Everything you Need to Know about Long Term Water Storage

Everything you Need to Know about Long Term Water Storage

Disasters, natural or manmade, can happen whenever.  If one happened where you lived, would you have enough water supply to last meet your needs until you had access again to fresh running water?

When it comes to water storage, the general rule of thumb is that you should have one gallon of water per person, per day; and half of that gallon being used for hygiene  and the other for drinking.  With that being said, how many days worth of water storage should you plan on having and how to do you store water to make it viable when you need it?   To help answer these questions and more, we have listed below all of the guidelines you would need to follow for successful long term water storage.

Long Term Water Storage

How many days without water should you prep for?

According to FEMA, you should have enough water on hand to last you three days.  But most often, water is shut off for much longer than that.  So a good rule of thumb to follow is planning on having water storage that can last you two weeks.  Which is the equivalent to 14 gallons of water for one person.

What do you store your water in?

When it comes to storing water, you either want to use food-grade plastic bottles or plastic water barrels.  You could also do glass bottles.  Just make sure that your glass bottles have never stored non-food items in them.  But whatever your store your water in, make sure it is in something that has a sealable lid.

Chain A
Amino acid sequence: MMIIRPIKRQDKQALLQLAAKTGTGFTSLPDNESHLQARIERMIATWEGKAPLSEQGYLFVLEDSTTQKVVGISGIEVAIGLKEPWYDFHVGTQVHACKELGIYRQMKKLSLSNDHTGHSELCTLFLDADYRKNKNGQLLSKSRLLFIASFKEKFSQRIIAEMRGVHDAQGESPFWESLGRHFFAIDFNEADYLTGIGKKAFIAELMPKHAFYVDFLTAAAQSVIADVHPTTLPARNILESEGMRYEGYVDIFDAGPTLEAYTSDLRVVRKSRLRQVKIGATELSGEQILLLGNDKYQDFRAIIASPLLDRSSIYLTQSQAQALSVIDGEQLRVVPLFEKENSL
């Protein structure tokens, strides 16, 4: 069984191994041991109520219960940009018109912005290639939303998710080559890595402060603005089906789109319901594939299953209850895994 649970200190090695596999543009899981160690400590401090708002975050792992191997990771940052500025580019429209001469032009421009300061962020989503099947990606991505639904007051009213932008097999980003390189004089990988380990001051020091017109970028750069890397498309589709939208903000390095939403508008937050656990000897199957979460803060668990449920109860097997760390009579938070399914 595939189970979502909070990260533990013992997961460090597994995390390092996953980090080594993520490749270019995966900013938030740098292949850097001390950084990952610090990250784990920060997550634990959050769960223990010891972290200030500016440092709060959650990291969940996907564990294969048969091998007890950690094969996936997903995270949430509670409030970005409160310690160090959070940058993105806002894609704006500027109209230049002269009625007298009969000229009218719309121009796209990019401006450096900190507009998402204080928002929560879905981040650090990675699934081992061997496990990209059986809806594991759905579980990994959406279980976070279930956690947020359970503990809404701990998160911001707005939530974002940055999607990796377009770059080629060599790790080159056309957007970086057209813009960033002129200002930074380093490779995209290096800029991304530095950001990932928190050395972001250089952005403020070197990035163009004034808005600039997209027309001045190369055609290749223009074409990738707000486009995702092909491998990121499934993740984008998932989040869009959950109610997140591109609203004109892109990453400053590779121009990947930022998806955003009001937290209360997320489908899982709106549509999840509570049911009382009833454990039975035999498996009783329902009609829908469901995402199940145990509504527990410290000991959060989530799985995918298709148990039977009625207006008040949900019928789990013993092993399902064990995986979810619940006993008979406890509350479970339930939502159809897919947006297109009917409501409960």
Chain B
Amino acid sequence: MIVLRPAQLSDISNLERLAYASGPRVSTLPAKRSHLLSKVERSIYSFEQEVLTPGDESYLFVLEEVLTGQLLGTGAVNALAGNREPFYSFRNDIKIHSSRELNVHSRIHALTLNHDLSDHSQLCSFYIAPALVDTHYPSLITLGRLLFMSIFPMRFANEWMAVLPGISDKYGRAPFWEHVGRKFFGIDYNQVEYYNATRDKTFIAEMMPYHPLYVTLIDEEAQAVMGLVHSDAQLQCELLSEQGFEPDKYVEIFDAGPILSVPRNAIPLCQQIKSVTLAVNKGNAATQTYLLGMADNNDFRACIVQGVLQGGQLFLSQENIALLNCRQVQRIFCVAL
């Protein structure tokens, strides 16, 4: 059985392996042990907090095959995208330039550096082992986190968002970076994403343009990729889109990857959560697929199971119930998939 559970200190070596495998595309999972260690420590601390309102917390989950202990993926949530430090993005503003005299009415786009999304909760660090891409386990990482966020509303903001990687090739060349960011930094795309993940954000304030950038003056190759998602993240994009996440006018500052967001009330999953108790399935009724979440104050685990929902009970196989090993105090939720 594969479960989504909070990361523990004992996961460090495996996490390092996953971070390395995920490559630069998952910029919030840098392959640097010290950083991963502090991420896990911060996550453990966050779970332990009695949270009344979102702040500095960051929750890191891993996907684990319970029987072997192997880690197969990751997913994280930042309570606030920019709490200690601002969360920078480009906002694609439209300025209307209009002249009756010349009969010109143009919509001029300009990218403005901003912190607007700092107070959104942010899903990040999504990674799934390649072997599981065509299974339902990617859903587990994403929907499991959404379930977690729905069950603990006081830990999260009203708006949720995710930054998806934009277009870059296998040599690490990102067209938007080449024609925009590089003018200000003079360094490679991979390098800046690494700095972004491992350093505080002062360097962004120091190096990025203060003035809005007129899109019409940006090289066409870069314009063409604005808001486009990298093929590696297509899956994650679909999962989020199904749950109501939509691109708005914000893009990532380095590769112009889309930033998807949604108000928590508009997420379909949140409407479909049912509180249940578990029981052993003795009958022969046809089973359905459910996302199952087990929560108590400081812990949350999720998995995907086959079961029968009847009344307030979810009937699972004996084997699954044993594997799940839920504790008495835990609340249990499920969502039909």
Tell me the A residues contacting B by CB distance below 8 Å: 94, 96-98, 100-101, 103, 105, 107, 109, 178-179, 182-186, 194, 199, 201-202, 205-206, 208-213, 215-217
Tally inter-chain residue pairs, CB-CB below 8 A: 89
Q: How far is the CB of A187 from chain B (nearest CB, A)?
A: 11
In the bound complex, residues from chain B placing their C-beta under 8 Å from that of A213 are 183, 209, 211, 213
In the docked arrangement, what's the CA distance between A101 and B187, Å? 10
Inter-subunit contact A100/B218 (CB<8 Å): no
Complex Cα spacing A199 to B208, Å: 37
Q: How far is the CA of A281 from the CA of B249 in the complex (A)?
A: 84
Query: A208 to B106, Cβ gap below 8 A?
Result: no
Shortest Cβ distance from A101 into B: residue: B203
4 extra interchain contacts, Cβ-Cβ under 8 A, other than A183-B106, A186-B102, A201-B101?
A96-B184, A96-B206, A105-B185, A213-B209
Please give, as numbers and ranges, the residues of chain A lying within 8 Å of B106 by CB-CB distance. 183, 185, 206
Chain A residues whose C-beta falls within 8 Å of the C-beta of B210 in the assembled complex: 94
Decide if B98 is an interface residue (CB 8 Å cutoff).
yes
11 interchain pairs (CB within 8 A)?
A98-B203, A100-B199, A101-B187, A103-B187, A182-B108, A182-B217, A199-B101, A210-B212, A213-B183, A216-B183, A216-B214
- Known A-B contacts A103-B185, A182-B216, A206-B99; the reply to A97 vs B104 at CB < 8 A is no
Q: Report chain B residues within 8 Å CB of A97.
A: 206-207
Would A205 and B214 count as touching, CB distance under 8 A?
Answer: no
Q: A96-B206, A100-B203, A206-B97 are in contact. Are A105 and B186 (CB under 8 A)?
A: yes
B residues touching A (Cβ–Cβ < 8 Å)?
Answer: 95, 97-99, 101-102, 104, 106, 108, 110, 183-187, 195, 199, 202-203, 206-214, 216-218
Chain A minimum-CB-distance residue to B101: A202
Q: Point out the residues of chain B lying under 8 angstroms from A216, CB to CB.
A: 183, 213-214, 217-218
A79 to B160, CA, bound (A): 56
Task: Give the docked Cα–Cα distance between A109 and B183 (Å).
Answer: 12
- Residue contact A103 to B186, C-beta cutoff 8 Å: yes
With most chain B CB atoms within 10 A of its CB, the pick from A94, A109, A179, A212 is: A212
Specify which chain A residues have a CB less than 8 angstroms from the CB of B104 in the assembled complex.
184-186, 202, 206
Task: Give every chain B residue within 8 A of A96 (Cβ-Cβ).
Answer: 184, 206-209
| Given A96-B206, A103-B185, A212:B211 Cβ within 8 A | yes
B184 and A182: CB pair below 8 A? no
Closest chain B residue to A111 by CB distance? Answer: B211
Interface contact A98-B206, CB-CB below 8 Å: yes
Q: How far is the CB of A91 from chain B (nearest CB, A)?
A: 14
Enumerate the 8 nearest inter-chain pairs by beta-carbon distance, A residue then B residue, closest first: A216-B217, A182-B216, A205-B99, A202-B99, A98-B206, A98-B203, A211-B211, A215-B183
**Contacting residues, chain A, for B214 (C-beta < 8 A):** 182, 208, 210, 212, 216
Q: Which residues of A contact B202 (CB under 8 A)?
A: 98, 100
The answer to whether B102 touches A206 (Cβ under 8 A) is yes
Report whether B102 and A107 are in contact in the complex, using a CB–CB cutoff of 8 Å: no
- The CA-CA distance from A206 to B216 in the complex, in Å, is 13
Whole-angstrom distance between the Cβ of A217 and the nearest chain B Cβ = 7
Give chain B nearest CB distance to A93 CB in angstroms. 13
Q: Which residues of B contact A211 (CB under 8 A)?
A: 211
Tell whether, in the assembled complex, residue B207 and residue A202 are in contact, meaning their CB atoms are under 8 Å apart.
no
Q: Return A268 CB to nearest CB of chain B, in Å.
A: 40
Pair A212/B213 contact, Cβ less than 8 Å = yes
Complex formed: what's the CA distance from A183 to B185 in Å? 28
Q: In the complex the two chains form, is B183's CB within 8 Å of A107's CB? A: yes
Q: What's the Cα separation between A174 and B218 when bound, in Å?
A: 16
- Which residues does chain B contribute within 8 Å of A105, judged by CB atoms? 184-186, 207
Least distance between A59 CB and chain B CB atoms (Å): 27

How do you store your water?

To make sure you have long lasting drinking water, follow these steps…

  1. Thoroughly clean your containers with soap and hot water.  If the containers you’re using once had food in them, clean them out with a cleaning solution of 1 tsp liquid household bleach for every quart of water.  Swish around to touch all surfaces, then rinse.
  2. Put water in your containers then place the lid on making sure not to touch the inside of it so you can avoid potentially contaminating your water.
  3. Label your container with the words “drinking water” and also make sure to put down the date you bottled your water.
  4. Store water in a cool dark place.  Light and heat can damage containers.  And sunlight can also cause algae or mold to grow.
  5. Check on your water supply every 6 months.  If you notice your plastic containers become cloudy, scratched, discolored, or scuffed, replace them.

And that’s it!  If you ever need to use the water you’ve stored, make sure to use what you open within 1-2 days if you are storing it in a room temperature space or in 3-5 days if you are refrigerating it.